Bacteria learn new trick
Scientists show evolution in action in decades-long E. coli study
E. coli bacteria live naturally in the human gut. For almost 25 years, researchers at Michigan State University in East Lansing have been growing the germs in 12 glass flasks. The microbes have been growing, and reproducing — and growing some more. Meanwhile, biologists have been watching, watching, watching.
Richard Lenski and his coworkers recently reported a new finding from the long-term project. In one flask, the bacteria the scientists were nurturing did something momentous: They gradually evolved, or changed. In this case, the tiny organisms developed the ability to eat a new food — citrate — but only when oxygen is around.
That may not seem like such a big deal, and it’s not — for humans. But for the E. coli bacteria that these biologists have been studying, learning to eat citrate as food is as momentous as growing eyes or wings would be for larger creatures with lots of cells, says Paul Rainey. Rainey, who did not participate in the new study, works at Massey University in Auckland, New Zealand, and at the Max Planck Institute for Evolutionary Biology in Plön, Germany.
The new experiment shows that evolutionary changes don’t pop up overnight — they emerge from the gradual accumulation of changes in an organism’s genes. A gene is information that’s passed from a parent to an offspring. But every generation — such as your parents’, your grandparents’, yours — tends to have some slightly different genes than the one before. Those changes add up and can lead to bigger, more obvious changes in behaviors or body functions. That’s what happened in the case of the E. coli, a type of germ that can infect the digestive tract of animals, including people.
“The ability to be able to not just talk about how genes evolve, but to see it in action is just awesome,” Emory University biologist Bruce Levin told Science News. Levin says the Michigan study clearly shows how organisms change over time. “This is really getting at the nitty-gritty of evolution.”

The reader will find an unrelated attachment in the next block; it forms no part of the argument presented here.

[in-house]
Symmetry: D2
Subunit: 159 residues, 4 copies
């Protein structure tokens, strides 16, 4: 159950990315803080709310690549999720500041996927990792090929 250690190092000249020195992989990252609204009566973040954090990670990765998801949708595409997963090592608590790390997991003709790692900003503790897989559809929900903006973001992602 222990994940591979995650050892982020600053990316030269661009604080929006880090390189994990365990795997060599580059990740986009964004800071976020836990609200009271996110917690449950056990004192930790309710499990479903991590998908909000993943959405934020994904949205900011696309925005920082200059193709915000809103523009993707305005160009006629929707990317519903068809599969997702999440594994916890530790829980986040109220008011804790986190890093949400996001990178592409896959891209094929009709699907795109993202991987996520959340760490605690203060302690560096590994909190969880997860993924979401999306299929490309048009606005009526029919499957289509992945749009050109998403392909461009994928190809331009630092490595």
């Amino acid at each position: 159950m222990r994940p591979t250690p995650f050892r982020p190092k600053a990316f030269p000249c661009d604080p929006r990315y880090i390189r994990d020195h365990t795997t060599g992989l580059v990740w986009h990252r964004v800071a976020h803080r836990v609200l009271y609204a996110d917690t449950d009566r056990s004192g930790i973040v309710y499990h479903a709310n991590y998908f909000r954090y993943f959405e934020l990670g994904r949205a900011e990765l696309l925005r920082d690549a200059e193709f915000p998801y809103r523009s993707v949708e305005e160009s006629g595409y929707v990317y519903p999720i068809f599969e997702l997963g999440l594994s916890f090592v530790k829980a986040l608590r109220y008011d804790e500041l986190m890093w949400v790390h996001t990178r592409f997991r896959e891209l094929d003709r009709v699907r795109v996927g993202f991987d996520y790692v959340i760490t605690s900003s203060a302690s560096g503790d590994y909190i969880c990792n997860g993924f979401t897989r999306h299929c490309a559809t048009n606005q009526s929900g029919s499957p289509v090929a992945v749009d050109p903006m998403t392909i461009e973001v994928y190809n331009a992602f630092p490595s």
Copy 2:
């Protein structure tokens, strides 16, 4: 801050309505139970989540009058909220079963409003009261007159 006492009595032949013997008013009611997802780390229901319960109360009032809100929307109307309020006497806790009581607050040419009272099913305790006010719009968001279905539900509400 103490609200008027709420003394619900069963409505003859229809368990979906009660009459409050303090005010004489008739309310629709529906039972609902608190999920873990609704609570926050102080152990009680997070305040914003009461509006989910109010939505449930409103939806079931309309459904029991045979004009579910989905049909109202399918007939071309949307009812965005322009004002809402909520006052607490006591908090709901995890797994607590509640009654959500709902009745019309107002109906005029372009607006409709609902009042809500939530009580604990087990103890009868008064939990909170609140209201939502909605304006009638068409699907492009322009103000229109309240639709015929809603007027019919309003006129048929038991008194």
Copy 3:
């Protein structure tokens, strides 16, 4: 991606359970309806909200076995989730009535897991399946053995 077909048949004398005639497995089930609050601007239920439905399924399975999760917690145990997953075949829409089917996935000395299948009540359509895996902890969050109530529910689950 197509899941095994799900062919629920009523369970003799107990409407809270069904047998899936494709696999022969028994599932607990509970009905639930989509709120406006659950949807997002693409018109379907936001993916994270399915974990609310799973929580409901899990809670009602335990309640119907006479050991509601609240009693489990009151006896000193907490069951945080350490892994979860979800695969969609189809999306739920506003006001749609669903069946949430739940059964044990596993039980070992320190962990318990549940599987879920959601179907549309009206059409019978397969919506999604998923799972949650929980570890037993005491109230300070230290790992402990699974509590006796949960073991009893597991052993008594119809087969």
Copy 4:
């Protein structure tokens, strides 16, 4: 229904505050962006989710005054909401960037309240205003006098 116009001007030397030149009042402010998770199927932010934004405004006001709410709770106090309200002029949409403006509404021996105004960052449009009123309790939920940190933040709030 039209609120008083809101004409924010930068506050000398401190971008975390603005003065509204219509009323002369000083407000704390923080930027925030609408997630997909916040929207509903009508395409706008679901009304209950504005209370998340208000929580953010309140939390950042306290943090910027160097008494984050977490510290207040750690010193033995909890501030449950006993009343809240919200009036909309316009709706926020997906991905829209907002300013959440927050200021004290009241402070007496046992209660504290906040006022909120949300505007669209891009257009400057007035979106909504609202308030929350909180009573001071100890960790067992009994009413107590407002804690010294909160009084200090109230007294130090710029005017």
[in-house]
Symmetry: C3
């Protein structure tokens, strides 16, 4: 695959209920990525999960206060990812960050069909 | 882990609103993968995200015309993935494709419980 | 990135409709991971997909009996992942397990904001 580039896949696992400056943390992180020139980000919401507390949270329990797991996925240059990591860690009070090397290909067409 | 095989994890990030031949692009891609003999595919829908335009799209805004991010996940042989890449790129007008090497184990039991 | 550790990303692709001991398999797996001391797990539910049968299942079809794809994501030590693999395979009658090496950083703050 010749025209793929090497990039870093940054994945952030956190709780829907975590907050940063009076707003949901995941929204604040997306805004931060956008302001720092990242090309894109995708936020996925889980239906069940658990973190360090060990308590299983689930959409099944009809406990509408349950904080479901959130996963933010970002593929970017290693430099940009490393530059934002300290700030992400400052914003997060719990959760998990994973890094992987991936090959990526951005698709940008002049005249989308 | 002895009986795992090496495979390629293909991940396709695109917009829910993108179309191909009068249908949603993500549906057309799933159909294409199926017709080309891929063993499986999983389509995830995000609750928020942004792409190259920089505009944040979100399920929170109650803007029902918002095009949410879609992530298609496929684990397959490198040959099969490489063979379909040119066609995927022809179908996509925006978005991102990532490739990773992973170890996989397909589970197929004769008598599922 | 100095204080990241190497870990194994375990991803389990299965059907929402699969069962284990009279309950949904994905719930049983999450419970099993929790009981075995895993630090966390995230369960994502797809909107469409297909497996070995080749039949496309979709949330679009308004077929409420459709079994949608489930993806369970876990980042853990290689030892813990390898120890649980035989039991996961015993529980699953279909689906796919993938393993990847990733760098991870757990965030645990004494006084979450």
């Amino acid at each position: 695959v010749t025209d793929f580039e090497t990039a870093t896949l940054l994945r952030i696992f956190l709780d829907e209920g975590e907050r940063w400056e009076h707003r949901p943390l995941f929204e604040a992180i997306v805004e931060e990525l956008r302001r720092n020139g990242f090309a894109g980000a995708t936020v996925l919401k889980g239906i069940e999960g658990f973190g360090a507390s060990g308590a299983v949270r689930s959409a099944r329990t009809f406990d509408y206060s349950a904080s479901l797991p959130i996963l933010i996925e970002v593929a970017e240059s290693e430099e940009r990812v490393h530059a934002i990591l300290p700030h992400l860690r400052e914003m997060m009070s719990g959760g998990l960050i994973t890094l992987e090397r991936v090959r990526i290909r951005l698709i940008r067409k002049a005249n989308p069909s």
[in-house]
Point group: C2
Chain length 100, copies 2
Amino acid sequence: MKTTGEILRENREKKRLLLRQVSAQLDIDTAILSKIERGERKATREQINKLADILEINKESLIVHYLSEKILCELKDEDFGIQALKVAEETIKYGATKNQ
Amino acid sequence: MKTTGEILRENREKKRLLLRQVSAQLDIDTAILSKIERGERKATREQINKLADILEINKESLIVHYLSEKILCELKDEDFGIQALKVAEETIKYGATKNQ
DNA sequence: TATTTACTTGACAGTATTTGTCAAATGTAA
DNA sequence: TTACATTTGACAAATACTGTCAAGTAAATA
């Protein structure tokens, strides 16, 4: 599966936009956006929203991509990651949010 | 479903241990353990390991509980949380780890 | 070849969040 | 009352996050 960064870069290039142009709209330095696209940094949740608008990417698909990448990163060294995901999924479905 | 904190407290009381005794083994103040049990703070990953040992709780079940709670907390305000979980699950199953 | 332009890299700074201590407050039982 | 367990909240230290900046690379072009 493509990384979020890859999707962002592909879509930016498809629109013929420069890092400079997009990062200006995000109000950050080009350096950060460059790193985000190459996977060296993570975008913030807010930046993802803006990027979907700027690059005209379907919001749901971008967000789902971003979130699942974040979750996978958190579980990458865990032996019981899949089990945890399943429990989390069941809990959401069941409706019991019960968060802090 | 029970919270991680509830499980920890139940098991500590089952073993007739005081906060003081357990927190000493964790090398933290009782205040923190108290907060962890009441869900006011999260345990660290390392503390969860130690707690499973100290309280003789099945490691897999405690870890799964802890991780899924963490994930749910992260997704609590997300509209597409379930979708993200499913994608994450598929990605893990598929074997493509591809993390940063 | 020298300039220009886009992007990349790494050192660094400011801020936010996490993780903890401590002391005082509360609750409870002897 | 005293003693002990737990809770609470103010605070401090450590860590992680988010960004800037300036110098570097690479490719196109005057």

Ancient E. coli bacteria used to be able to eat citrate, observes biologist Zachary Blount, who works with Lenski at Michigan State. At some point about 1.3 million years ago, the microbes lost that ability, he told Science News.
Lenski’s team tracked the evolutionary change in the bacteria’s diet through about 13,000 generations. (It would take humans roughly 250,000 years to go through that many generations.)
The Michigan State biologists find that this process had three steps. In the first, at least two important genes mutated, or changed. This prepared the cell to eat citrate. During the second step, an unused gene that could move citrate within the cell became active again. In the final stage, that gene got busy, and the cell adapted other tweaks necessary to gobble up citrate.
The study doesn’t only tell scientists how the bacteria evolved; it also may help demonstrate how other, larger organisms change over time.
E. coli A bacterium whose formal name is Escherichia coli. There are many strains — or types — of bacteria within this species, each having different traits. Many are transmitted in tainted foods and are capable of causing severe disease in people.
evolution A process by which a species changes over generations.
cell The smallest structural and functional unit of an organism, typically microscopic.
bacteria (also microbe) A single-celled organism. Bacteria lack some of the cell organization seen in other types of cells.
flask A type of container with a narrow neck. In the laboratory, sterile flasks made from glass are used for conducting chemical and biological experiments.
generation A set of members of a family regarded as a single group — your parents are one generation, your grandparents another, for example.